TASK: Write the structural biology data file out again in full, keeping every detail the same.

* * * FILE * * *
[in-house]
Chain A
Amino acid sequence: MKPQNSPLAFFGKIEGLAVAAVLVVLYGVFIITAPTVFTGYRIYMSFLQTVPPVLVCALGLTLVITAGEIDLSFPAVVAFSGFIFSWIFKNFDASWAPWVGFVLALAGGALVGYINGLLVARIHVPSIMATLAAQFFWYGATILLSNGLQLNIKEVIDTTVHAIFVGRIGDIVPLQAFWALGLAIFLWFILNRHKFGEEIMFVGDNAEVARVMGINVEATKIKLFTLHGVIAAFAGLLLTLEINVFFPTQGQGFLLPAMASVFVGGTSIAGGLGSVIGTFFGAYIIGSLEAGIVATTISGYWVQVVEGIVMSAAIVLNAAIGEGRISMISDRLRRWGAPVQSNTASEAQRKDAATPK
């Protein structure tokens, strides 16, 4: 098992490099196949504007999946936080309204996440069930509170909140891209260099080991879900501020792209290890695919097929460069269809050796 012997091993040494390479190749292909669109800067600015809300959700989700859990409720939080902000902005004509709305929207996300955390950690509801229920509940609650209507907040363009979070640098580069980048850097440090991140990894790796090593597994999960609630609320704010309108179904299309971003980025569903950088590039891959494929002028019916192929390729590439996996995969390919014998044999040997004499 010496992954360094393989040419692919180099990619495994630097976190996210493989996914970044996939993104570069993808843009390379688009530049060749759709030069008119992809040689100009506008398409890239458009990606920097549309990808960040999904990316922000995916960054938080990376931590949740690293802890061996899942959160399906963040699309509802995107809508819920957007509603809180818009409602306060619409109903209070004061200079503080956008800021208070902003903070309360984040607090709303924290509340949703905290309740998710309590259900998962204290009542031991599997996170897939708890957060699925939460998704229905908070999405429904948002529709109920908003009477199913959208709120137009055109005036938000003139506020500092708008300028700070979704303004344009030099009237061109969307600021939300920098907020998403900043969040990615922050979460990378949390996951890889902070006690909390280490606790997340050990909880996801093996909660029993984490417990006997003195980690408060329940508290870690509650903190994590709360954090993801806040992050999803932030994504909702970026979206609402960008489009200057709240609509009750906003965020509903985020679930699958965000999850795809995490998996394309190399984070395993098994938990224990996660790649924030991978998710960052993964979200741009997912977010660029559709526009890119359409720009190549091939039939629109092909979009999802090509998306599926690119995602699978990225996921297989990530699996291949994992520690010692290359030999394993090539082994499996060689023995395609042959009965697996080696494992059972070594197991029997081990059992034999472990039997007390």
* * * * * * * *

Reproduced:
[in-house]
Chain A
Amino acid sequence: MKPQNSPLAFFGKIEGLAVAAVLVVLYGVFIITAPTVFTGYRIYMSFLQTVPPVLVCALGLTLVITAGEIDLSFPAVVAFSGFIFSWIFKNFDASWAPWVGFVLALAGGALVGYINGLLVARIHVPSIMATLAAQFFWYGATILLSNGLQLNIKEVIDTTVHAIFVGRIGDIVPLQAFWALGLAIFLWFILNRHKFGEEIMFVGDNAEVARVMGINVEATKIKLFTLHGVIAAFAGLLLTLEINVFFPTQGQGFLLPAMASVFVGGTSIAGGLGSVIGTFFGAYIIGSLEAGIVATTISGYWVQVVEGIVMSAAIVLNAAIGEGRISMISDRLRRWGAPVQSNTASEAQRKDAATPK
């Protein structure tokens, strides 16, 4: 098992490099196949504007999946936080309204996440069930509170909140891209260099080991879900501020792209290890695919097929460069269809050796 012997091993040494390479190749292909669109800067600015809300959700989700859990409720939080902000902005004509709305929207996300955390950690509801229920509940609650209507907040363009979070640098580069980048850097440090991140990894790796090593597994999960609630609320704010309108179904299309971003980025569903950088590039891959494929002028019916192929390729590439996996995969390919014998044999040997004499 010496992954360094393989040419692919180099990619495994630097976190996210493989996914970044996939993104570069993808843009390379688009530049060749759709030069008119992809040689100009506008398409890239458009990606920097549309990808960040999904990316922000995916960054938080990376931590949740690293802890061996899942959160399906963040699309509802995107809508819920957007509603809180818009409602306060619409109903209070004061200079503080956008800021208070902003903070309360984040607090709303924290509340949703905290309740998710309590259900998962204290009542031991599997996170897939708890957060699925939460998704229905908070999405429904948002529709109920908003009477199913959208709120137009055109005036938000003139506020500092708008300028700070979704303004344009030099009237061109969307600021939300920098907020998403900043969040990615922050979460990378949390996951890889902070006690909390280490606790997340050990909880996801093996909660029993984490417990006997003195980690408060329940508290870690509650903190994590709360954090993801806040992050999803932030994504909702970026979206609402960008489009200057709240609509009750906003965020509903985020679930699958965000999850795809995490998996394309190399984070395993098994938990224990996660790649924030991978998710960052993964979200741009997912977010660029559709526009890119359409720009190549091939039939629109092909979009999802090509998306599926690119995602699978990225996921297989990530699996291949994992520690010692290359030999394993090539082994499996060689023995395609042959009965697996080696494992059972070594197991029997081990059992034999472990039997007390």